Alanis Morissette is back in the bright lights
It’s been four years since the Canadian superstar released, Flavors of Entanglement, a documentation of her ruptured relationship with actor Ryan Reynolds.
“It reflected some serious disassembling in my personal life. It’s a broken moment captured, and then I like to think a phoenix rising,” Alanis says of her previous project.
“That’s the snapshot of [Flavors of Entanglement]. I could have written something six months later and it would have been a whole other landscape.”
Fast forward to a few years later, Alanis is back and has framed a new panorama.
Just as autobiographical as its predecessors, Havoc and Bright Lights is largely inspired by Alanis’ marriage to rapper Mario Treadway and the birth of their first child.
“A lot of times I’ll write about something that happened six months prior or even something that happened in my childhood,” Alanis explains. “I really just write about what’s going on in my life, let each record be a snapshot of that time.”
Alanis recorded Havoc and Bright Lights in her LA home, and once again called on producer Guy Sigsworth who worked with her on 2008’s Flavors.
Alanis counts herself lucky to have worked with Guy, especially since the pair’s professional union began with what she calls a crapshoot.
“I heard the song ‘Let Go’ by his band Frou Frou with Imogen Heap,” Alanis recalls. “I remember thinking it was technologically so sound and really soulful, a rare combination. So I took the risk, phoned him and he was up for diving in together.”
Lunge into Havoc, and you’ll find the water’s not as calm and placid as it looks from afar. It’s not all about her toddler and baby-daddy.
There are still many issues that provoke Alanis. She expresses her outrage and unease in songs like “Celebrity” as she reflects on the shallowness of fame, and addresses female oppression with “Woman Down.”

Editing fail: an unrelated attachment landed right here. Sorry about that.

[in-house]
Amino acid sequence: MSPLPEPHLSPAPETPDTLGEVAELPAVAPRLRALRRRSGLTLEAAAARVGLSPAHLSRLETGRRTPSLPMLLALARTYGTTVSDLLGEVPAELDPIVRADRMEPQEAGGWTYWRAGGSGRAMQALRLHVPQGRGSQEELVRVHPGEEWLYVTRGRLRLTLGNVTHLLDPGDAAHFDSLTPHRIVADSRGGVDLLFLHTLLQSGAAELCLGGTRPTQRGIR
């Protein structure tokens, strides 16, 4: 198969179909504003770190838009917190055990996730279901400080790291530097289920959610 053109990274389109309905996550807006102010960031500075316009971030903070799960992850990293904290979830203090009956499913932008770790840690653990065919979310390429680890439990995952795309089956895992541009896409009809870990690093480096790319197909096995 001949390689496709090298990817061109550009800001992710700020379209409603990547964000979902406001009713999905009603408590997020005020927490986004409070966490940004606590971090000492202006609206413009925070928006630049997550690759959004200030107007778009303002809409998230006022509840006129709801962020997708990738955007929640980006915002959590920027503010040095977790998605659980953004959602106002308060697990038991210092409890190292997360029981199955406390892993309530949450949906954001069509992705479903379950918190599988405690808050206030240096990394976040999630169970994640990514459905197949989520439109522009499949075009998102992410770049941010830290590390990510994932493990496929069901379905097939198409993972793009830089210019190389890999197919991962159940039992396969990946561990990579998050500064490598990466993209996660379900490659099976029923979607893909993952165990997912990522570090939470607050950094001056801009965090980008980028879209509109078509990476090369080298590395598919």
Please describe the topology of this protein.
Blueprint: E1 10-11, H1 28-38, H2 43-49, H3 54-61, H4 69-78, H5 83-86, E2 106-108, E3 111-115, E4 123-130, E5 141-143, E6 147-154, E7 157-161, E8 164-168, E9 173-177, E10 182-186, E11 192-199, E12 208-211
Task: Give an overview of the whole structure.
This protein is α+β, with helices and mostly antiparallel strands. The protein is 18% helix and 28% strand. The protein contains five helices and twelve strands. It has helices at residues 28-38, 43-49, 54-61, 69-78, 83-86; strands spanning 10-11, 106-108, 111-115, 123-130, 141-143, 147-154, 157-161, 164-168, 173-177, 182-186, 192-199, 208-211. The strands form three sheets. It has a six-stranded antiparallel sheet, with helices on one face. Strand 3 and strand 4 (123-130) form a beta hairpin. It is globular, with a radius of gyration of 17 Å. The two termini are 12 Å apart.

Motherhood hasn’t dulled her edge, Alanis is still bitter. So go on, call her jaded and infuriated.
“I’ll take it,” Alanis says with such gratitude. “It’s an honor to be considered angry because anger has been swept under the carpet so much with regards to women that it’s flattering.”
Praised for nearly 20 years now, the 38-year-old Grammy award winner was only 21 when she first unleashed her fury on the world in the form of the phenomenal hit album Jagged Little Pill.
“It was about reducing shame,” Alanis looks back. “As a woman, I had shame around being powerful, being a warrior, being angry. I had shame around being vulnerable, devastated, ugly, rejected and all these seemingly shameful things.”
Alanis may have struggled with shame, but she never grappled with penning confessional songs disclosing the things that weigh on her mind, and she’s not going to start with Havoc and Bright Lights.
“I never felt uncomfortable with it. I think the bigger pain for me is the lie of pretending to not be human,” Alanis says.
“When I try to present myself as an infallible, invincible, impenetrable human being, that’s when I’m in pain because it’s not true. To share what I experience, comfort, uplift and thought provoke, that’s my life purpose. If I could offer anything to anyone who would listen to my songs, it would be just a four-minute moment of dropping any shame around being human.”